Q. I bought a subscription to DIRECTV’s MLB Extra Innings package in early March and now it looks like the season will at least be delayed for a few months if not cancelled entirely. It doesn’t seem fair that they get to keep my money during this time. I could use it now. Is there anything I can do? — Bart, Santa Fe, New Mexico.

Bart, yes there is.

DIRECTV’s official policy is that it’s not issuing refunds for the 2020 MLB Extra Innings plan even though the season has been suspended indefinitely due to the Coronavirus outbreak. (The 2020 plan costs $183.) In fact, the satcaster is still taking orders for the package at its web site!

Why? Because Major League Baseball says it plans to play the entire season even if it has to start in mid-May or later. That may seem unlikely, but it’s MLB’s story and they’re sticking to it.

That’s why MLB.TV, the league’s online package of out-of-market games, isn’t handing out refunds, either.

However, there’s a loophole with DIRECTV’s Extra Innings package. A loophole so big that you could smash it into McCovey’s Cove.

DIRECTV’s agreement says: “Sports subscriptions cannot be canceled, transferred, refunded, or credited (in part or in whole) after the season starts.”

Since the season hasn’t officially started, that means you can call DIRECTV and request a refund. You would get your money back now, and if the season does begin, you can always re-subscribe.

In contrast, MLB.TV’s refund policy states it will “only honor a refund request made within five days of your first subscription purchase date.” So unless you ordered MLB.TV five days ago or less, you’re out of luck. And, believe it or not, MLB.TV was still taking online orders a few days ago.

(Some subscribers say MLB.TV will give you a refund if you call and ask pretty please, but the league has not confirmed that. We have asked the league for a comment.)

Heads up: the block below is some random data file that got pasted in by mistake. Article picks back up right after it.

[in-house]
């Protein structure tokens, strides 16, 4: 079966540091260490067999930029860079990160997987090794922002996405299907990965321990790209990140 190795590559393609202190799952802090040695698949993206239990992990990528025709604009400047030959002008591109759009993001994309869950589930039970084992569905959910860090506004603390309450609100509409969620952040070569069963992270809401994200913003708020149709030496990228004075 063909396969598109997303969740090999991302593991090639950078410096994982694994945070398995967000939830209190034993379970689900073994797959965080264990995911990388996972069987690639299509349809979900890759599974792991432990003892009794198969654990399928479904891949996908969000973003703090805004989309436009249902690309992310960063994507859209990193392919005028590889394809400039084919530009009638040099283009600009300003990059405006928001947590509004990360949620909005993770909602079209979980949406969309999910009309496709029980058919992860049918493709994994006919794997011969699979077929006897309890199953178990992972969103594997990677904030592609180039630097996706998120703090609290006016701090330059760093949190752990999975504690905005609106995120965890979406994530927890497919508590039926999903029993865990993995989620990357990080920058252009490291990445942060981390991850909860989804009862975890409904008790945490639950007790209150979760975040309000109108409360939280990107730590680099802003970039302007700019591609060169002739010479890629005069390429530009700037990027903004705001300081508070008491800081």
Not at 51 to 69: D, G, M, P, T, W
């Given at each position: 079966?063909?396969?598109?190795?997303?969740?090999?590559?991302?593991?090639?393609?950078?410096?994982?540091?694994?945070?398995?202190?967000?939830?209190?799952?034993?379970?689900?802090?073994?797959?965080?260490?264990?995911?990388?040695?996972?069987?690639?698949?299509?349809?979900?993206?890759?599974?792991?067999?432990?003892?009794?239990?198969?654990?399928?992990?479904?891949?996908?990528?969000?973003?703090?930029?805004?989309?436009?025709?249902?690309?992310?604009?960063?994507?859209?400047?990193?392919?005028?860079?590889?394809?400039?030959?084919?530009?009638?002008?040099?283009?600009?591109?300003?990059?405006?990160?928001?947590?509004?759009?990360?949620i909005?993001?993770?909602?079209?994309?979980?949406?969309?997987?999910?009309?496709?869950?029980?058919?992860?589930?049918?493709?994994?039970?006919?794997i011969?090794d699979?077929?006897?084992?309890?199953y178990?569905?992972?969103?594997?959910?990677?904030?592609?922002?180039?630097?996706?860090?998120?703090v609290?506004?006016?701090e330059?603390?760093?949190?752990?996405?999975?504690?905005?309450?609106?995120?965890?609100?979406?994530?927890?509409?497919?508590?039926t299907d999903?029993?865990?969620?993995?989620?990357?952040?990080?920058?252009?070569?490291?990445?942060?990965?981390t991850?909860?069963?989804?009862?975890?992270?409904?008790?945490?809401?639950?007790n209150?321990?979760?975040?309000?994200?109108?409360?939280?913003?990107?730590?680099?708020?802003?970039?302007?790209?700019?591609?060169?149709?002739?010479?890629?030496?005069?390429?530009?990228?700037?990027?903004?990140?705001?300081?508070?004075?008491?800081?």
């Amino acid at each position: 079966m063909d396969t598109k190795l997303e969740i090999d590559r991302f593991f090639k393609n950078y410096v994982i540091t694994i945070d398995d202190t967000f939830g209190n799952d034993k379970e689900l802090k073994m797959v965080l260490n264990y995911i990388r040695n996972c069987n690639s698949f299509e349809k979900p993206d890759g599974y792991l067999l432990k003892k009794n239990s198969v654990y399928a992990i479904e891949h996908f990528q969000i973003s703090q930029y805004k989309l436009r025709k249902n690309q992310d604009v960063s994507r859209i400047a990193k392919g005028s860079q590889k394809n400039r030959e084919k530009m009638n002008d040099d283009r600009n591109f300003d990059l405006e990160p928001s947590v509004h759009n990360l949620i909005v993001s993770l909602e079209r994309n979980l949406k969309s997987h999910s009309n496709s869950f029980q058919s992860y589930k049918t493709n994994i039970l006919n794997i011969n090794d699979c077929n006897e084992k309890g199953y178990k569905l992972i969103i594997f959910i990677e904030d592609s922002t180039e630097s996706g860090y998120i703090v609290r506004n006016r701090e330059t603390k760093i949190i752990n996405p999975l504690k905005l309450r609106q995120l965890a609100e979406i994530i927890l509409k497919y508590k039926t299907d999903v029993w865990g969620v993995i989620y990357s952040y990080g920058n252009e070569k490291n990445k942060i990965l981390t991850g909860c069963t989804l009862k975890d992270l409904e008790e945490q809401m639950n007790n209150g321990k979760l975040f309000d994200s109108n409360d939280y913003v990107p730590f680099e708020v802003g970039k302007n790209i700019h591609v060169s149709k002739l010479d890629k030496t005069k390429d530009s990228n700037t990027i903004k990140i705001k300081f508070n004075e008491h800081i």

So what are other pay TV providers doing with Extra Innings? Well, they aren’t issuing refunds either. But the fine print in their Extra Innings agreements should allow for refunds as well if you contact them. (That is, if you’ve been charged. If you haven’t been charged yet, you could still call and cancel so you won’t be charged when the season does begin.)

Here’s a look at the major pay TV operators who carry Extra Innings:

“(MLB is) working to determine when games will resume. Once decided, we will provide more information on your MLB Extra Innings subscription,” the cable operator says at its web site.

However, Comcast’s agreement says: “MLB Extra Innings cannot be canceled or pro-rated after 30 days of when you were first charged.”

So, if you ordered Extra Innings from Comcast less than 30 days ago, you should be able to ask for a refund.

“MLB Extra Innings is non-refundable, non-pro-ratable and non-transferable once the season begins,” Dish says at its web site.

So you should be able to ask for a refund because the season hasn’t started.

Verizon FiOS
The telco TV service says it’s put everything on hold due to the season suspension.

“Current (Extra Innings) subscribers will receive email updates as soon as more information is made available and will not be charged for this package until the season begins,” Verizon states at its web site.

It’s unclear if you can cancel now so you won’t be charged when the season begins. But you can call Verizon to find out.

Charter Spectrum
Charter is somewhat vague regarding its plans for Extra Innings.

“Due to public health concerns, the start of the 2020 Major League Baseball season has been delayed indefinitely. We’ll update this page with more information when it becomes available,” the cable operator says at its web site.

It’s unclear if Charter actually began taking orders for the 2020 season prior to the league announcing the suspension of play on March 12.

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— Phillip Swann